By this point in the movie it’s easy to share the protagonist’s desperation. There are, after all, only a finite number of times in which we can see someone brutally cut down before we begin to root for him. That’s why the arrival of the shady entrepreneur, who runs the office just down the hall from the novelist’s, comes as something of a relief. That his business is something of a mystery, that he refuses to reveal much about himself, and that he is played by Mick Jagger should all be causes for alarm. Desperation is a master motivator, however, and so our protagonist agrees to join up with Elysian Fields, which turns out to be a high-end escort service with a lengthy clientele of rich, lonely women in the Los Angeles area.

While this may be a deal with the devil, it’s not yet Faustian. No, that part of the story doesn’t occur until our novelist has his first client: a young woman, played by Olivia Williams, married to a much older, terminally ill writer, played by James Coburn. It just so happens that Coburn’s novelist is the idol of Garcia’s novelist, and, in a series of plot developments I fear I don’t have the space to reveal, the two novelists are soon working together, creating a book that will supposedly contribute to the lasting fame of both men.

This, apparently, is the Faustian bargain: you can work with your idol on his last novel, but you must conceal from your wife the fact that you only earned such an honor because of your work with an escort service; she would be understandably upset. We now have the setup for a classical morality play, complete with the lesson that fame and fortune are only worthy goals when they are honestly achieved, with the support and approval of loved ones. The trouble, of course, is that to make this point the movie would have to force our character into a position in which he willingly abandons fame and fortune, realizing the depravity to which he has stooped. There are two problems with such a strategy: first, having used a serious of elaborate plot devices to setup the dilemma, screenwriter Philip Jayson Lasker is unwilling to leave the resolution of his movie to such pedestrian elements as characterization. Second, Lasker and director George Hickenlooper seem unwilling to make pronouncements about what would be right or wrong in such a scenario. That would mean passing judgment on Jagger’s character—which they are decidedly unwilling to do—and perhaps making the protagonist a victim of his own choices rather than simply a number of quirks of fate. Apparently they cannot stomach such commitments.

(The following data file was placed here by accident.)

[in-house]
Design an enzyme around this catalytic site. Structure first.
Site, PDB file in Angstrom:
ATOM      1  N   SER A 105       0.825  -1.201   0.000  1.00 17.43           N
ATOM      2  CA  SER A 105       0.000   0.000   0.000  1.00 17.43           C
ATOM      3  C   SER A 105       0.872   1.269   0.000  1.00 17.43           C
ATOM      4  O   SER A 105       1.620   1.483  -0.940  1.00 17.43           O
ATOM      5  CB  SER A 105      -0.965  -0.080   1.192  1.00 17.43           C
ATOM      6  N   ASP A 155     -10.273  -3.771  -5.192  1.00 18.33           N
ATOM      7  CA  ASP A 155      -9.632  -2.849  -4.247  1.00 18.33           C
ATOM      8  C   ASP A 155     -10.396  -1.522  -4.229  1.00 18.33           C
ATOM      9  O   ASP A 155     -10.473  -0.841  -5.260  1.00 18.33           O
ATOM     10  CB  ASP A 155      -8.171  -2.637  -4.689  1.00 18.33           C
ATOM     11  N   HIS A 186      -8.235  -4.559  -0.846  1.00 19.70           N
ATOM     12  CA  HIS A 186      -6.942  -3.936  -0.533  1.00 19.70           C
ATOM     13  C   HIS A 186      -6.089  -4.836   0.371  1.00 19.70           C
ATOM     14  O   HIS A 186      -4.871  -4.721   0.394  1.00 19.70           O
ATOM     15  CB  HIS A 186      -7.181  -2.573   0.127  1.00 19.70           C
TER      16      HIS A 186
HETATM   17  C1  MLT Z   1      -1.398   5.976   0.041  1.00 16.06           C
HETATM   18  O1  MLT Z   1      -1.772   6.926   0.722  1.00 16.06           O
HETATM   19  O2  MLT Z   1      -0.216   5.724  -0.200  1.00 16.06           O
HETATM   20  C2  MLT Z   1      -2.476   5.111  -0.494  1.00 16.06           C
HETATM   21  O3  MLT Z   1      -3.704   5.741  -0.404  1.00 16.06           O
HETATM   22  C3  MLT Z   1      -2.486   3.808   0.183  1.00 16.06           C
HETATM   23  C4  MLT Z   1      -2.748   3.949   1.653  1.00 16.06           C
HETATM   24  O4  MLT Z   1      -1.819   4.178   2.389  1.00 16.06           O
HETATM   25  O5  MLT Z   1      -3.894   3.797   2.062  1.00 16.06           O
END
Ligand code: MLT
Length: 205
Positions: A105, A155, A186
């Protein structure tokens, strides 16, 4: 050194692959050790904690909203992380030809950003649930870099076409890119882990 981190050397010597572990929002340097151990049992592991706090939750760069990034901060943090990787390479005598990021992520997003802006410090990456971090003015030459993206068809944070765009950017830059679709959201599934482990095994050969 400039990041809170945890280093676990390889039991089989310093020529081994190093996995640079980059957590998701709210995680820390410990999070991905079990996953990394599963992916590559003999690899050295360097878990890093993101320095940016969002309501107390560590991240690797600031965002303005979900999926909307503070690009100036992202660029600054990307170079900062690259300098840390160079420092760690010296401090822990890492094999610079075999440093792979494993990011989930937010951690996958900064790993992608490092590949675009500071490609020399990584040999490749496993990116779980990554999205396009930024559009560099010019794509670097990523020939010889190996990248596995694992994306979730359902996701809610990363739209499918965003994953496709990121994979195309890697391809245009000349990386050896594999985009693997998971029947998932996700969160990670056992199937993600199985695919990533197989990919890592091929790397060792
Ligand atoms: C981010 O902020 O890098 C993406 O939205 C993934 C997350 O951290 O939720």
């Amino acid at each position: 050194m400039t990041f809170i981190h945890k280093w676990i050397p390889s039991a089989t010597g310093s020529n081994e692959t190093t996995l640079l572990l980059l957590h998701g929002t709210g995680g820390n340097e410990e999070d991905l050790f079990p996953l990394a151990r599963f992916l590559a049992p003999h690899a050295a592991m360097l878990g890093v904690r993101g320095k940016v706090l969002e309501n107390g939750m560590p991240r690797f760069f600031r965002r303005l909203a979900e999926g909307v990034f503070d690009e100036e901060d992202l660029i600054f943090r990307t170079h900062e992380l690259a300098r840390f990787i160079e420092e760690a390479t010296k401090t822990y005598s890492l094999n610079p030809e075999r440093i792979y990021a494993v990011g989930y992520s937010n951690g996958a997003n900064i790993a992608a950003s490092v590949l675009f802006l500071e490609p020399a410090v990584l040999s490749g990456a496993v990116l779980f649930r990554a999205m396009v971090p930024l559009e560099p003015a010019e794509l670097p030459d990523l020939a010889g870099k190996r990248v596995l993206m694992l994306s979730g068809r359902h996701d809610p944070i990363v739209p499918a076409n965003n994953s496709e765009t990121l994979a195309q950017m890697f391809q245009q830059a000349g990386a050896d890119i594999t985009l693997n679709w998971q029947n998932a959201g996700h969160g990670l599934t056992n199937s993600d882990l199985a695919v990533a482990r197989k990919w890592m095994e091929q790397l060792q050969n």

I have to admit that the movie is not nearly so ludicrous on screen as it looks on page. The whole thing is paced in such a way that absurd developments take on a kind of logic of their own, and the actors approach the material with such seriousness that it becomes realistic. The Man From Elysian Fields is not a bad movie, just a confused one. Given that the movie begins with characters are so deep into their lives that it doesn’t have time for exposition on their backgrounds, needs, or psychology, it plugs in actors whose personas are so easily recognized that they can fill in the blanks. A gruff, world-weary writer? James Coburn. A middle-aged loser? Andy Garcia. A charismatic but amoral tempter? Mick Jagger. Put them in a story with enough plot that no one stops to ask questions, and you have a surefire “intelligent” movie. Unfortunately, things don’t always work out as planned.